There was a high haplotype diversity on cytochrome b in all species of the clade Zebrus/Millerigobius. The maximum intraspecific distance was especially high in Z. pallaoroi sp. nov. (over 5%), as well as M. macrocephalus (3.8%), compared to Z. zebrus and European marine gobies from the Gobius-lineage, where values range between 1 and 2.2% (Kovačić & Šanda, 2016; Čekovská et al., 2020; Z. zebrus in this work). This high divergence of cytochrome b haplotypes in Z. pallaoroi sp. nov. could point to the existence of two evolutionary lineages within this species, but more material is needed to be able to draw any conclusions.

Zebrus pallaoroi sp. nov. is a typical cryptobenthic species, all specimens were found between gravel and small boulders. In contrast to Z. zebrus, which is also a cryptobenthic fish usually reported from shallow waters (Nieto & Alberto, 1992), but also found as deep as 36.4 m (Kesici & Dalyan, 2019), Z. pallaoroi sp. nov. could be strictly specialized for very shallow infralittoral habitats, as all specimens were found near the shore at a maximum depth of 1 m. It appears as though this is the third pair of similar species among Mediterranean cryptobenthic fishes occurring in two syntopic combinations, with the first combination comprising rocky and mixed habitats of an extended depth range in infralittoral zone shared by Z. zebrus, Chromogobius zebratus (Kolombatović, 1891), and Lepadogaster candolii Risso, 1810. The second comprises habitats of extremely shallow depths, and is shared by Z. pallaoroi, Chromogobius quadrivittatus (Steindachner, 1863), and Lepadogaster lepadogaster (Bonnaterre, 1788) (present results, Miller, 1986). It remains an outstanding question if speciation was a result of coevolution within a single guild of ancestors, or if the two similar syntopic groups were formed following speciation. However, knowledge of the new species is currently very limited, and further research will shed more light on the issue.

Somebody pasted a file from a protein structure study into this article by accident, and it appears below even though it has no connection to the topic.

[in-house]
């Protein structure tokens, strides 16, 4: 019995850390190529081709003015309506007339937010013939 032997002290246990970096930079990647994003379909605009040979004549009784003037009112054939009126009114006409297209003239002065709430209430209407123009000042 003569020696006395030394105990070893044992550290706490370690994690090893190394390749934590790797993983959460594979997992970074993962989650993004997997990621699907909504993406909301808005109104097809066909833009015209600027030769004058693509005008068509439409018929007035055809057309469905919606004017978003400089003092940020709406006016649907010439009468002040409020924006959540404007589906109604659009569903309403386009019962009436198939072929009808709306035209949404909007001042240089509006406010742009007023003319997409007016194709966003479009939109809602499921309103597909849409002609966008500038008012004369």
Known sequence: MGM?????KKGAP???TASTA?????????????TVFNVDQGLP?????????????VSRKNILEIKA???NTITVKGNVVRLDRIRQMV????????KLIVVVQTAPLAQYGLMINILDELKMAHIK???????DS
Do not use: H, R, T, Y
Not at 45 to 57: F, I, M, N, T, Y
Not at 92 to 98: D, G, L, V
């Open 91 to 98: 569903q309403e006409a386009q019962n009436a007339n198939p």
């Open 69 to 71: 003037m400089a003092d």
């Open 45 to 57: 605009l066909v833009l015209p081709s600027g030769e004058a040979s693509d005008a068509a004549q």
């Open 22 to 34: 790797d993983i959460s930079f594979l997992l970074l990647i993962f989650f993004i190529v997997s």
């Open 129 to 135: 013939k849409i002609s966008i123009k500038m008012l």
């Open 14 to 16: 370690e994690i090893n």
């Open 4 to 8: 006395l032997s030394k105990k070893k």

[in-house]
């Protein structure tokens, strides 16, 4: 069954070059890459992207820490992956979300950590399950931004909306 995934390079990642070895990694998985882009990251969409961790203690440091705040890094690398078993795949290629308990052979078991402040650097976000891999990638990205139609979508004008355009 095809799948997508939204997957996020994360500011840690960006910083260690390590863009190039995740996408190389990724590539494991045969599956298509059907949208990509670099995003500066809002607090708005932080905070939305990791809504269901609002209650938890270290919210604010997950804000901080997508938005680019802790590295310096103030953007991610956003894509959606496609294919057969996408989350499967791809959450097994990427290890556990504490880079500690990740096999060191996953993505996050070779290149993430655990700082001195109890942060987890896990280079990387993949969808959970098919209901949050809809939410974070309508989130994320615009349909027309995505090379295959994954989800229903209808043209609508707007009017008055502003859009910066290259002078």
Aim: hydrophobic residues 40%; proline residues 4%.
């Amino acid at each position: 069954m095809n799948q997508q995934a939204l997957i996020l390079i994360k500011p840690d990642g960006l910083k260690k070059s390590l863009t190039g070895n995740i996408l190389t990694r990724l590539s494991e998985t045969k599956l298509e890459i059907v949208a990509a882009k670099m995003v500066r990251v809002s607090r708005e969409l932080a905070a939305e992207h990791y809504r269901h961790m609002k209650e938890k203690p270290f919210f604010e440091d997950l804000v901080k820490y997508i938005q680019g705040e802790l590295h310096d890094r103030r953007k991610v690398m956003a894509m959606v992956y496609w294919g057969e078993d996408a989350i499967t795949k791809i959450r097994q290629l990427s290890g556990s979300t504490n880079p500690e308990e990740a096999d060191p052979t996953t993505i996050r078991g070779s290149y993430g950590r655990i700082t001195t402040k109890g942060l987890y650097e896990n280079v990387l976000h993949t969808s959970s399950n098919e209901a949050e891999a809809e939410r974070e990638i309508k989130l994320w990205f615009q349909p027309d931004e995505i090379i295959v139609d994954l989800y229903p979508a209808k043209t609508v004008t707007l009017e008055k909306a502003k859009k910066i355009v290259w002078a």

The distribution of small cryptobenthic gobies in the Mediterranean Sea is still not well characterized, and their known geographic ranges are continuously being extended with each new finding (e.g., Ordines et al., 2019). Zebrus pallaoroi sp. nov. could be a widespread species occurring in the northern part of the Mediterranean Sea. Yet, it is known only from the northern part of the southern Adriatic in Montenegro, the northern part of the Ionian Sea, and from two geographically distant localities on the Greek Aegean coast (fig. 4, supplementary table S1). It is possible that some previously published records of Z. zebrus from the northern (e.g., Kovačić, 2005; Kovačić & Engin, 2009; Bogorodsky et al., 2010; Kovačić et al., 2012, 2013; Engin et al., 2018b; Kesici & Dalyan, 2019) or western (reviewed in Kovačić et al., 2013) Mediterranean could in fact refer to Z. pallaoroi sp. nov, as both species of the genus could co-occur in the same area, as observed in the southern Adriatic. Unfortunately, the short morphological descriptions in the above-mentioned publications lack the presently established defining characters for species identification among the two Zebrus species. A similar problem occurred with the G. incognitus description, which called into question all historical distribution records of G. bucchichi (Kovačić & Šanda, 2016).

Apart from the new species description, material in this study provides additional data on the distribution of species within the Zebrus/Millerigobius clade. The Z. zebrus specimen from Faro, Portugal (table S1), represents the westernmost record of this species (fig. 4), which occurs in the Mediterranean and Black seas (see the map of reviewed records in Kovačić et al., 2013), and was so far reported also from the Atlantic coast of southern Spain up to Huelva (Nieto & Alberto, 1992). All records by Nieto and Alberto (1992) were from tidal pools, whereas the specimen from Faro was collected during a dive over rocky habitat in an otherwise sandy bottom area, several km offshore at a depth of 14 m. Millerigobius macrocephalus is reported for the first time from Cyprus in this work (fig. 4, supplementary table S1). This represents the fourth record of this species from the Levant Sea, with earlier records known from Israel and Lebanon (Miller, 1977).

Editor: Ivana Buj

Acknowledgements